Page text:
Spruce and Sandeply Another base option


  • Spruce and Sandeply Another base option

    Originally Posted by Jim Dwight in the category Mobile BT3000s

    Spruce and Sandeply Another base option By Jim Dwight (aka JimD)

    Click image for larger version  Name:	jd-mobilebt30001.jpg Views:	1 Size:	46.7 KB ID:	834455

    The thought behind this base was to create something a bit smaller where the basic structure could be cut from one sheet of 3⁄4 plywood. I didnt quite get there its more like 1 1⁄2 sheets but I like the result. The other main difference from some of the other options is the method of attaching the rails and extension table. The rails are clamped to the base through use of the slot on the bottom of the rails, pieces of 1/8 x 1 (front) and 1/8 x 1 1/8 (back) flat metal (aluminum or steel), and knobs with 5/16 by 1 inch studs. Holes are tapped into the flat bar stock. The knobs pass through L-shaped brackets screwed to the base. Tightening the knobs pulls the flat bar tight against the rails and the rails tight to the L-shaped bracket and thus the base. The extension table is held in place the same way using the slots on the inside of the rails. The net result is rigid attachment but you can move the rails and/or extension table as necessary (to tilt the saw up for cleaning or to shift the rails for wider rips). I also incorporated a mobile base from Harbor Freight which I like. It was cheaper than good locking casters and works well.

    Construction Notes

    I started with the base which is a torsion box. The outside is mostly one clear spruce 2x4 that I culled from a basement wall project I decided a clear 2x4 was too good for a wall. It has been sitting in my wood rack for about a year so its dry. The bottom is 7/16 wafer board (left over from something else) and the inner members are again a scrap, this time of 3⁄4 wafer board subfloor material. I cut rabbets in the top and bottom edge of the 2x4 for the waferboard bottom and the Sandewood plywood top/bottom of upper box. The Sandewood is nominally 3⁄4 but really 18mm. The inner side of the 2x4 also has 3/8 inch deep dados for the inner structure. My steps went something like:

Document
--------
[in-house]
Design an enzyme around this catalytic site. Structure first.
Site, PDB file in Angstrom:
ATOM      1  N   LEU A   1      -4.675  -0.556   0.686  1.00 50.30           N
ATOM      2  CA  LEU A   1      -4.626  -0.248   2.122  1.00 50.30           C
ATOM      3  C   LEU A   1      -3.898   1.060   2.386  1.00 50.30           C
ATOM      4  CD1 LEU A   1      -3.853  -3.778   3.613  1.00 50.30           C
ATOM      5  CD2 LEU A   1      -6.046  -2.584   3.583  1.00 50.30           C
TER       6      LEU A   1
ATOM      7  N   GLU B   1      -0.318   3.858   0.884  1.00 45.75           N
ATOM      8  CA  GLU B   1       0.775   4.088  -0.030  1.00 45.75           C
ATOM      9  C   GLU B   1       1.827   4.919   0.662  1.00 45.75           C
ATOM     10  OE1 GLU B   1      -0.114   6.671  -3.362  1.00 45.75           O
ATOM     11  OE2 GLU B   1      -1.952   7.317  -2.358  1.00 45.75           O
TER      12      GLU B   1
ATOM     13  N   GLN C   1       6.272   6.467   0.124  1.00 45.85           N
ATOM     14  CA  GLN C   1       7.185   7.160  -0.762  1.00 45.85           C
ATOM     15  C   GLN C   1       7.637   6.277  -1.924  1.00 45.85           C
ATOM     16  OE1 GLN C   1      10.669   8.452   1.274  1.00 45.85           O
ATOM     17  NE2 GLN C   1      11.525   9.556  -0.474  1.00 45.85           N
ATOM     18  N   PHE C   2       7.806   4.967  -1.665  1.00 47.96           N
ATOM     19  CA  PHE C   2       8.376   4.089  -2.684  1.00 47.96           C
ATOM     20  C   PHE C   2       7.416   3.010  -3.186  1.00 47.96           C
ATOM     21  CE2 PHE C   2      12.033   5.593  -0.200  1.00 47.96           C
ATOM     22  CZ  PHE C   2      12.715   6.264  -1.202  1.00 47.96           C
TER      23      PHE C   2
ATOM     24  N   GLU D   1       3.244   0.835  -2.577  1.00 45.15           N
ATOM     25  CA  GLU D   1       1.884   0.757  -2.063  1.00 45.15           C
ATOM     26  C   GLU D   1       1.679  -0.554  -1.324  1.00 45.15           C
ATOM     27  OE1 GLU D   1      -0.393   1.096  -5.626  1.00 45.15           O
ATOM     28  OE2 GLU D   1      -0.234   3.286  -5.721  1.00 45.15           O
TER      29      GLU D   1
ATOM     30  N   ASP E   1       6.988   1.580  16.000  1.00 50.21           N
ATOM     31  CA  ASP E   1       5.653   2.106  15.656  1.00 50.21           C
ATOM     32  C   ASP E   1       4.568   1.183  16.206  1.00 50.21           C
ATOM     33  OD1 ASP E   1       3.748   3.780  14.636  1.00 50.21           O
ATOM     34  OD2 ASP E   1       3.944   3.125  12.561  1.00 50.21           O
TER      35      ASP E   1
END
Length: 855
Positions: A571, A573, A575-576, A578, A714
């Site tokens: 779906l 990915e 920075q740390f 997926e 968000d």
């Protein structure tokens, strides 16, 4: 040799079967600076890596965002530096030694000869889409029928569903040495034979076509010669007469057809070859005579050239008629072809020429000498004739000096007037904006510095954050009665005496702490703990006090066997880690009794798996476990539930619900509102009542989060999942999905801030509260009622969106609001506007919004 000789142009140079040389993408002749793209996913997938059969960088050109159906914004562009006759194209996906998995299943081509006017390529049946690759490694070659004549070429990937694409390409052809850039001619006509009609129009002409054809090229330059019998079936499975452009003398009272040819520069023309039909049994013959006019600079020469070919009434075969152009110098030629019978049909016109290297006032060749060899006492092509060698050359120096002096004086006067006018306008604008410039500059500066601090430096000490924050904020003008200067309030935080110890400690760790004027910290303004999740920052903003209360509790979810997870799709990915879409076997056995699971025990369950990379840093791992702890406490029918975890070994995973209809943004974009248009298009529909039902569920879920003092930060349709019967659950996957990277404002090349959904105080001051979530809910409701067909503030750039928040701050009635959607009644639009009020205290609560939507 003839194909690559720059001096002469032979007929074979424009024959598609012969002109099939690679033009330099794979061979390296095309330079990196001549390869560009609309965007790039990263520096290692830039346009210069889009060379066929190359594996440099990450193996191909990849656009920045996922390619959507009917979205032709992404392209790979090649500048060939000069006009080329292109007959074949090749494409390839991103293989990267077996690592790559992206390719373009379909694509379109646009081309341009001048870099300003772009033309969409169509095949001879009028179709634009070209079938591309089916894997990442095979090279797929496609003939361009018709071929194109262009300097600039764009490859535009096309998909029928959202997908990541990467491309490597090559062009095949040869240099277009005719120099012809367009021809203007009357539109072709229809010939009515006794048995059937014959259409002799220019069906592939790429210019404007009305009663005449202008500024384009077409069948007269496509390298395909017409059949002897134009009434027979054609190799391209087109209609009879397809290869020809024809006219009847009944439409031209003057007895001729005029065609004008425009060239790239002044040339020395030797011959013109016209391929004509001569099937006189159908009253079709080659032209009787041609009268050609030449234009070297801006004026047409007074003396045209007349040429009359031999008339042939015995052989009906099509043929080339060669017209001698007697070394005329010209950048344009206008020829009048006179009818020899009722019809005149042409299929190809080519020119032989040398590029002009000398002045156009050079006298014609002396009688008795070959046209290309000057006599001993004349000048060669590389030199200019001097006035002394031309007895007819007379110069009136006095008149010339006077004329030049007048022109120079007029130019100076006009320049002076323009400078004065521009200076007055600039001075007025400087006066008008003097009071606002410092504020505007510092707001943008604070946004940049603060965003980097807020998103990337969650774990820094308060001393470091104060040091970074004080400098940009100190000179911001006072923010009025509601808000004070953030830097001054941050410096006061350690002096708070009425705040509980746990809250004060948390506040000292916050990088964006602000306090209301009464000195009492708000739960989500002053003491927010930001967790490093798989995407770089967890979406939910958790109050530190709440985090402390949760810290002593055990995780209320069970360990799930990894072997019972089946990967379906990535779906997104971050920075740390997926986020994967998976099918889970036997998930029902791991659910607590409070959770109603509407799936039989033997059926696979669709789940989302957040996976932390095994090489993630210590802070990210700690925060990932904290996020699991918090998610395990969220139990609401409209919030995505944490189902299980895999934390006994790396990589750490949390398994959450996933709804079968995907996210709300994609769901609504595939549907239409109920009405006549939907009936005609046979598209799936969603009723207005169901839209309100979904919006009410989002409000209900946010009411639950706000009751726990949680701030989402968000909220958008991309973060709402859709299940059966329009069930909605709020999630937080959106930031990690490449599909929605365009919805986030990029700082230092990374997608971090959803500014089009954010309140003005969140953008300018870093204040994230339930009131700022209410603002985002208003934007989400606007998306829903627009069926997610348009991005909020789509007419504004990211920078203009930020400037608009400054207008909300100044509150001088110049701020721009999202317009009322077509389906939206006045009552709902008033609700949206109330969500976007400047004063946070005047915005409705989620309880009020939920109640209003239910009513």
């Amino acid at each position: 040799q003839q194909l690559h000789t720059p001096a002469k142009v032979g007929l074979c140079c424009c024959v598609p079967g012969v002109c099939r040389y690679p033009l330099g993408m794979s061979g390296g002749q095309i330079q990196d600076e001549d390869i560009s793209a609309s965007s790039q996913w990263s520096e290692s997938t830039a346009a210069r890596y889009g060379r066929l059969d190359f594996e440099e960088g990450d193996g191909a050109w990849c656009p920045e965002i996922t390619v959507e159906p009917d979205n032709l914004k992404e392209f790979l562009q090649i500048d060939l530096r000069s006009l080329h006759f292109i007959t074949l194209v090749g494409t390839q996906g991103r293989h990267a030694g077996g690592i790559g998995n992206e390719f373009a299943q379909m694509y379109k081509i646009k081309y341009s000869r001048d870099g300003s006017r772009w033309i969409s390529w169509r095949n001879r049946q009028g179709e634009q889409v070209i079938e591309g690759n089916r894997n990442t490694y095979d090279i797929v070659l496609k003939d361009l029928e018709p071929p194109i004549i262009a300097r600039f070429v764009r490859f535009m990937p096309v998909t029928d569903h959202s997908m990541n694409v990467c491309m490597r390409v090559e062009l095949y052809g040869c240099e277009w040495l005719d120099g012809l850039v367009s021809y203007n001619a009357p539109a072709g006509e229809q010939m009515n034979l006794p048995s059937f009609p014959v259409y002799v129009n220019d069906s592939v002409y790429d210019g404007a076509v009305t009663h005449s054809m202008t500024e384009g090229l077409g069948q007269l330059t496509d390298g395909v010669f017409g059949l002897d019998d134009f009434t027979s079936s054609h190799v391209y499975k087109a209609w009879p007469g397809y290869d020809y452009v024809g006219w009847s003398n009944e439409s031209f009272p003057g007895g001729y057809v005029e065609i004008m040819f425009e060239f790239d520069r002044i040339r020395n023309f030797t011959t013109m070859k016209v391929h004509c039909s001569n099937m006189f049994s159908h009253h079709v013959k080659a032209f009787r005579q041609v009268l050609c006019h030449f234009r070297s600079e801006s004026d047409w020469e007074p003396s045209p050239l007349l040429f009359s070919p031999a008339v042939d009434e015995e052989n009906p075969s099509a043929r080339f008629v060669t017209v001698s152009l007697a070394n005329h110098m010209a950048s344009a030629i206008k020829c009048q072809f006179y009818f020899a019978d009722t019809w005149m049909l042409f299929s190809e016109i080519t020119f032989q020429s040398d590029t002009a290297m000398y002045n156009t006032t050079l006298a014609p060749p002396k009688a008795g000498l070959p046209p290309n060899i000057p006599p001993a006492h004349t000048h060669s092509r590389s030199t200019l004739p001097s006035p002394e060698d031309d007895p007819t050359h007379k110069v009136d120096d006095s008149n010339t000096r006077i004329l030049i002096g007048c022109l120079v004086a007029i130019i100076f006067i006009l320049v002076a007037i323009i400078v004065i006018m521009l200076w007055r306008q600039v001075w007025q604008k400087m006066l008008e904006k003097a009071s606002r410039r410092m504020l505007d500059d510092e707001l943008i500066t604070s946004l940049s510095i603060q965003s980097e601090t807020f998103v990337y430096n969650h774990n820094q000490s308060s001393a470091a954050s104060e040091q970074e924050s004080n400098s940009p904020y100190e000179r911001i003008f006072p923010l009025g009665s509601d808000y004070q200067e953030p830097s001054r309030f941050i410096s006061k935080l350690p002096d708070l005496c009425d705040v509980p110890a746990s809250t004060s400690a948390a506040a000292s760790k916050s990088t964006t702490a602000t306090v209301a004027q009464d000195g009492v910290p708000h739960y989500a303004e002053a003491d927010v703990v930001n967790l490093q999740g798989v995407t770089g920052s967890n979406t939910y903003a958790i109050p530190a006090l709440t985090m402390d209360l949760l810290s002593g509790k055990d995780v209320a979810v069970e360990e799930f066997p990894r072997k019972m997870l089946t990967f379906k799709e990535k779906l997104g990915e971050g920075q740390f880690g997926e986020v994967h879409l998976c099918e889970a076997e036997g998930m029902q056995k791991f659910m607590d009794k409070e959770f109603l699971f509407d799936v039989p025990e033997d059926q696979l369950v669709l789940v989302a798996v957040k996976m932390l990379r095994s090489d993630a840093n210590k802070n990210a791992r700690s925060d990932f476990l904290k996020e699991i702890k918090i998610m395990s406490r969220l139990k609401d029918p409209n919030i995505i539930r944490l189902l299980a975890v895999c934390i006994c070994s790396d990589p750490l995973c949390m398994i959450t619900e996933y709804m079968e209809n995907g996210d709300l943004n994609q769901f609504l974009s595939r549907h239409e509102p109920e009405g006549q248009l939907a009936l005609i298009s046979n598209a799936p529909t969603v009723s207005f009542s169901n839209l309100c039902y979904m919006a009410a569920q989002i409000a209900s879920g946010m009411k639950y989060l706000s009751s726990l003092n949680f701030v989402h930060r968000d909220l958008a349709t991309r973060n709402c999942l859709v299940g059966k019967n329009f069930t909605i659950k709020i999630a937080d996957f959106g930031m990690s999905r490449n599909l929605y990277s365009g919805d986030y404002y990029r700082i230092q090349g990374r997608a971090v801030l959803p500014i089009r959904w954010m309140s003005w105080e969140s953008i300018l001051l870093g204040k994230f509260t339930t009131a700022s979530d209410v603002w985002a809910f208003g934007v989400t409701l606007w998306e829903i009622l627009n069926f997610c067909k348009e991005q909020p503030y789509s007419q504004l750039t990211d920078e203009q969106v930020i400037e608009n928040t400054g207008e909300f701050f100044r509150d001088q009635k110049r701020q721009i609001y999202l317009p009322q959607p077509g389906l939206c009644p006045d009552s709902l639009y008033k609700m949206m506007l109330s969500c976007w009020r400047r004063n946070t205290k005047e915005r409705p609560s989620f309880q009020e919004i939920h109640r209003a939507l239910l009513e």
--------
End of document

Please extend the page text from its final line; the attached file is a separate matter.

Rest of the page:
1. Cut 2x4 material to length. I wanted the upper box structure to be 20 inches wide and 53 1⁄2 long and decided to let the 2x4 extend 1 inch beyond the upper box for an outside of 22x55 1⁄2. Joints are just glued and screwed butt joints so the front and back are 55 1⁄2 and the two ends are 19 inches.
    2. Notch the ends of the 2x4 material for the wheels. I used a Harbor Freight mobile base setup that has metal brackets to go on the corners of a 1 1⁄2 inch thick wooden frame. For the end with the wheels that are always on the ground, there has to be a notch for the wheels. This was about 2 and 1⁄2 inches tall and 3 inches long check these dimensions for your mobile base using the bracket and wheels.
    3. Cut 1⁄2 inch deep rabbets the right depth for the waferboard bottom and the Sandewood plywood top. I used the BT and had to stop short of the end on the front and back because of the butt joints. A forstner bit and chisel work finished the rabbet on each end of the front and back (on the bottom rabbet the notch for the wheels eliminated the extra work on one end). Either make the upper rabbet extra deep on the top (like 3⁄4 instead of 1⁄2) to allow for the back or make the 2x4 base ends about 1⁄4 inch longer (I forgot and had to deepen the rabbet after glueing and screwing the waferboard bottom onto the base assembly possible but not recommended).